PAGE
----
Your World Affairs Council is pleased to share this announcement from the United States Institute of Peace. On Friday, July 12, 2019 USIP will host Cassandra Bates, one of four 2019 “Peace Teachers” who will tell their stories. This past school year these teachers worked with USIP who provided resources and support “to help students gain the knowledge, skills and perspectives to work toward a more peaceful world.”
Ms. Bates teaches AP Human Geography at Franklin’s Centennial HS. Each year she organizes students to participate in TNWAC’s Anne Smedinghoff Academic WorldQuest Challenge inspiring students to learn more about the world.
A Year in the Life of a Peace Teacher
Stories from the American Classroom
with Tennessee “Peace Teacher” Ms. Cassandra Bates
At a time when violent conflict regularly dominates headlines, four high school teachers in Alabama, South Dakota, Tennessee and Washington have spent the last year as part of USIP’s Peace Teachers Program. The program provides a select group of teachers with the resources and support to help students gain the knowledge, skills and perspectives to work toward a more peaceful world. Their stories reveal how students from four very different communities across the U.S. make sense of the world and what they were inspired to do over the past year as part of this USIP program.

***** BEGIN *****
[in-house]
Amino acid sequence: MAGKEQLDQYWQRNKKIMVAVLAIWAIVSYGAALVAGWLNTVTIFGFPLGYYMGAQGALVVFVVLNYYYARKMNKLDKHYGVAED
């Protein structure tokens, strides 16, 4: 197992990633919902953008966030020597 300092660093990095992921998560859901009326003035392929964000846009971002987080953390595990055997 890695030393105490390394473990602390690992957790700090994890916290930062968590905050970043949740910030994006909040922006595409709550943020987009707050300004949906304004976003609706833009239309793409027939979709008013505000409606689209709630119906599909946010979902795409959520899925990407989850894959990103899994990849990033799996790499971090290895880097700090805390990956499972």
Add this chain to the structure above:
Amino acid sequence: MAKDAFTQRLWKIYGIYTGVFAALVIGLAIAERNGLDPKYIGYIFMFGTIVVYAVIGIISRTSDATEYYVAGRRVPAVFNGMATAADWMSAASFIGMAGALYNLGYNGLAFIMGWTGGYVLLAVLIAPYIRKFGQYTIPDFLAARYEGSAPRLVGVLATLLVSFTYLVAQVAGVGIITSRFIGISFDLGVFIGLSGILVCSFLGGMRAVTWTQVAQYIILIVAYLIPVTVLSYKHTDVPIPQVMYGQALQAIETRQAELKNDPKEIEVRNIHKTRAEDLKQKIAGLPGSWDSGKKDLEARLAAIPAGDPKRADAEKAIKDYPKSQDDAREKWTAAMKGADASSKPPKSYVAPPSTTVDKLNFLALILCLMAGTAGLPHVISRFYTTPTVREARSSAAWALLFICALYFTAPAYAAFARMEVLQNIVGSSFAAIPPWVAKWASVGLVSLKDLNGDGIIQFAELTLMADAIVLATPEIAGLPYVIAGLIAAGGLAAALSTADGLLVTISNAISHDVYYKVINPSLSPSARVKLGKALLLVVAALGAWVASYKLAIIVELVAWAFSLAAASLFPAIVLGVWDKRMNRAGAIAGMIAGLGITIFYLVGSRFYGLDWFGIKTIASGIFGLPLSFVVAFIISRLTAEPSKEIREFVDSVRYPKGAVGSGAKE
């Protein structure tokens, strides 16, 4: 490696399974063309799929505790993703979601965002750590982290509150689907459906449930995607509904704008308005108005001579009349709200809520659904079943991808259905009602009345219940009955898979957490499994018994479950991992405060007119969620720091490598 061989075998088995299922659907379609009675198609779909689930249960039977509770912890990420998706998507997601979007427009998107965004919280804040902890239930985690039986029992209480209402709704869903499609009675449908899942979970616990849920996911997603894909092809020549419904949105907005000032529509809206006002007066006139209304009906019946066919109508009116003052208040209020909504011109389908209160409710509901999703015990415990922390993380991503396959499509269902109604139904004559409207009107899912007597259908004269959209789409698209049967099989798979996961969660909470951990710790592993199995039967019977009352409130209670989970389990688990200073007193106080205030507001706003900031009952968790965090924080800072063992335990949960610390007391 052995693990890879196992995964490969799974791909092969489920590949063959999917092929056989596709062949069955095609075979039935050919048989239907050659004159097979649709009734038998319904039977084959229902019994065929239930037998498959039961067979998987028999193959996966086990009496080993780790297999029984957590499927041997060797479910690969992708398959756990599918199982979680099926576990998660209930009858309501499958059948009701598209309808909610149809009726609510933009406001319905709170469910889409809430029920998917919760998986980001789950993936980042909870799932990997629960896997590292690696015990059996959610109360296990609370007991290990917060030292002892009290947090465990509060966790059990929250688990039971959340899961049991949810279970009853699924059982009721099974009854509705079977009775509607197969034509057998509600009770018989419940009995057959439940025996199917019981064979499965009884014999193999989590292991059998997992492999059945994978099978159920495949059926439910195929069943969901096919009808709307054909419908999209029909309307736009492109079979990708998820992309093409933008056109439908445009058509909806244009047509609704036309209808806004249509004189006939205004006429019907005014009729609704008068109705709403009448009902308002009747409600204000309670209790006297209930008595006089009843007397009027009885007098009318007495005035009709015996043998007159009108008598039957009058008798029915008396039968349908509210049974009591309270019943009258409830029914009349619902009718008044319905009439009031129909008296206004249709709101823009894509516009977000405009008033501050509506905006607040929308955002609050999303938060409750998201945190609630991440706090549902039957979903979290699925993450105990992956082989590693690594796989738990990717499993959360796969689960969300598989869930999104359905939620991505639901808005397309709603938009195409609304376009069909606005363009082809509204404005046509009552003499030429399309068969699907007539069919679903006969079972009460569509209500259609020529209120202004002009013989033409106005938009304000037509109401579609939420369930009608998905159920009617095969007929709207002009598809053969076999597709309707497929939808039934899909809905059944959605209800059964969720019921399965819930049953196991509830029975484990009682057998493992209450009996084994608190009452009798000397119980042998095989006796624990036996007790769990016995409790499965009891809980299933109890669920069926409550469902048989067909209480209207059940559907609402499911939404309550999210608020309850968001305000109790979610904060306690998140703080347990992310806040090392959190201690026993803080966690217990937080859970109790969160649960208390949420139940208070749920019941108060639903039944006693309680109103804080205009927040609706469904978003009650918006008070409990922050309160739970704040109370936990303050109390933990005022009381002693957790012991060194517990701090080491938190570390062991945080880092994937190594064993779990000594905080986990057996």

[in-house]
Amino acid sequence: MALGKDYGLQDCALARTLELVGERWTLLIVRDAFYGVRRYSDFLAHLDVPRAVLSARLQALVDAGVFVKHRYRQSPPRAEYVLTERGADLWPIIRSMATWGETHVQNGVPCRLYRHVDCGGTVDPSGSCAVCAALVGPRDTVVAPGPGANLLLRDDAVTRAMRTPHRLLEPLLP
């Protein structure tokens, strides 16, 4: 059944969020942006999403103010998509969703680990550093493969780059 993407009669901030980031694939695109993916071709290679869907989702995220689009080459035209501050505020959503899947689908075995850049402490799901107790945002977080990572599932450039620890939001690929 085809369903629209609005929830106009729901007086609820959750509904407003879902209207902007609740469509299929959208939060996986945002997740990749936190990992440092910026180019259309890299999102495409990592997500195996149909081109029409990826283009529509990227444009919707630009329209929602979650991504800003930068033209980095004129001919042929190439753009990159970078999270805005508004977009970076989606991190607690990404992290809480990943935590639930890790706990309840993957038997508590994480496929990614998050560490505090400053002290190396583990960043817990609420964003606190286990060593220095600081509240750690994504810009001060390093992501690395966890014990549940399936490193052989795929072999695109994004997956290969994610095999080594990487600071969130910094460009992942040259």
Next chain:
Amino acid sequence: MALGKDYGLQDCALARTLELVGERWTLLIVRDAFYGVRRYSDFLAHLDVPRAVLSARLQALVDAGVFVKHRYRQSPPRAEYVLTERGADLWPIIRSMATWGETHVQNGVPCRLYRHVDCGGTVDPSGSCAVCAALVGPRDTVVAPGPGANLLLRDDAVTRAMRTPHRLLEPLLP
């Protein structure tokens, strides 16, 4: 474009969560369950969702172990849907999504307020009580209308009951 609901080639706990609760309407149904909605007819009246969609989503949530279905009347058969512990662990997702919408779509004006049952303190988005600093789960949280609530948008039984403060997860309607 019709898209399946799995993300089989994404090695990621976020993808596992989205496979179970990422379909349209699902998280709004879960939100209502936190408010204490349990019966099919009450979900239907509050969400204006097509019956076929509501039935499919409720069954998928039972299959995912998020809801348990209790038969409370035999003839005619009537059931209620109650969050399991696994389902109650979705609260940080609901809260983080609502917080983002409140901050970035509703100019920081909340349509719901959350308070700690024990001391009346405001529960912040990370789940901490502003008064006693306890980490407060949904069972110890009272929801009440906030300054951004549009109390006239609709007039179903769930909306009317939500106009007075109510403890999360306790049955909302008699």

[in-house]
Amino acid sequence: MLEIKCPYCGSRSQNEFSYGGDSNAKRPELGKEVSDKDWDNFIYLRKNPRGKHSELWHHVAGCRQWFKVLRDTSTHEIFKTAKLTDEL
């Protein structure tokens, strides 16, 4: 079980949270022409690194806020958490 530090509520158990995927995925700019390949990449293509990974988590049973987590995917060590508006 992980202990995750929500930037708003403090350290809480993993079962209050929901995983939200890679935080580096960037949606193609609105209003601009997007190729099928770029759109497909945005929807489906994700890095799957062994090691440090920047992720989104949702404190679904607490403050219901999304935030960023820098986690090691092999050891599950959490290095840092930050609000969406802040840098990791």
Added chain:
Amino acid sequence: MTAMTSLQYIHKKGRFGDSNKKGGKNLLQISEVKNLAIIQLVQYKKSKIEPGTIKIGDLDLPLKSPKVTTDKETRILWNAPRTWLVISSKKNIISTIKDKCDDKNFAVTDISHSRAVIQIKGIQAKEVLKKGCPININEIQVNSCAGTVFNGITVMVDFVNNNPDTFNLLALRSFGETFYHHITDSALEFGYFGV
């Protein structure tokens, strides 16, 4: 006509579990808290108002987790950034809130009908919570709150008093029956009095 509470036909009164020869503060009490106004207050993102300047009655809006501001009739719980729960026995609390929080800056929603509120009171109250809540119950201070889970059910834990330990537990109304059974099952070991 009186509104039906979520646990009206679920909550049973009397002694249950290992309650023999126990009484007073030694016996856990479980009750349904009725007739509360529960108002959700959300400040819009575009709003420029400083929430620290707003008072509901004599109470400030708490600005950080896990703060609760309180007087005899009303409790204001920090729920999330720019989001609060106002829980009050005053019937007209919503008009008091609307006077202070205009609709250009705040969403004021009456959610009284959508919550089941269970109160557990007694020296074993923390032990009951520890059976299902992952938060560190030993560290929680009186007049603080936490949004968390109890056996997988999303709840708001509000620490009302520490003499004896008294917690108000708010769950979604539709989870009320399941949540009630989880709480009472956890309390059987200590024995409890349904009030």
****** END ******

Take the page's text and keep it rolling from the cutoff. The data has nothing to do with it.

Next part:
Nancy Lindborg, welcoming remarks
President & CEO, U.S. Institute of Peace
Megan Chabalowski, introductions
Program Officer, Public Education, U.S. Institute of Peace
Joanne Leedom-Ackerman, moderator
American novelist, short story writer and journalist, and Member, International Advisory Council, U.S. Institute of Peace
Chelsea High School, Chelsea, AL
Centennial High School, Franklin, TN
West Central High School, Hartford, SD
Klahowya Secondary School, Silverdale, WA
Young people are hungry for examples of people working for peace in some of the world’s most violent conflicts, and they are curious about ways they too can make a positive difference. Join us on July 12 as USIP’s current Peace Teachers reflect on their year providing students with the tools to have an impact on their community—and the world—through peacebuilding. From teaching history through a peacebuilding lens to building awareness around current global issues and local resources, the teachers will share how they advanced their students’ understanding of international conflict and the possibilities of peace in ways that aligned with state standards and their existing curriculum. They will also present strategies that can be applied in every classroom. Join the conversation with #USIPPeaceTeachers.
THANKS TO BELMONT UNIVERSITY’S CENTER FOR INTERNATIONAL BUSINESS
THANKS TO THE NASHVILLE AREA CHAMBER OF COMMERCE, INTERNATIONAL BUSINESS COUNCIL
THANKS TO THE TNWAC WEEKLY QUIZ PARTNERS
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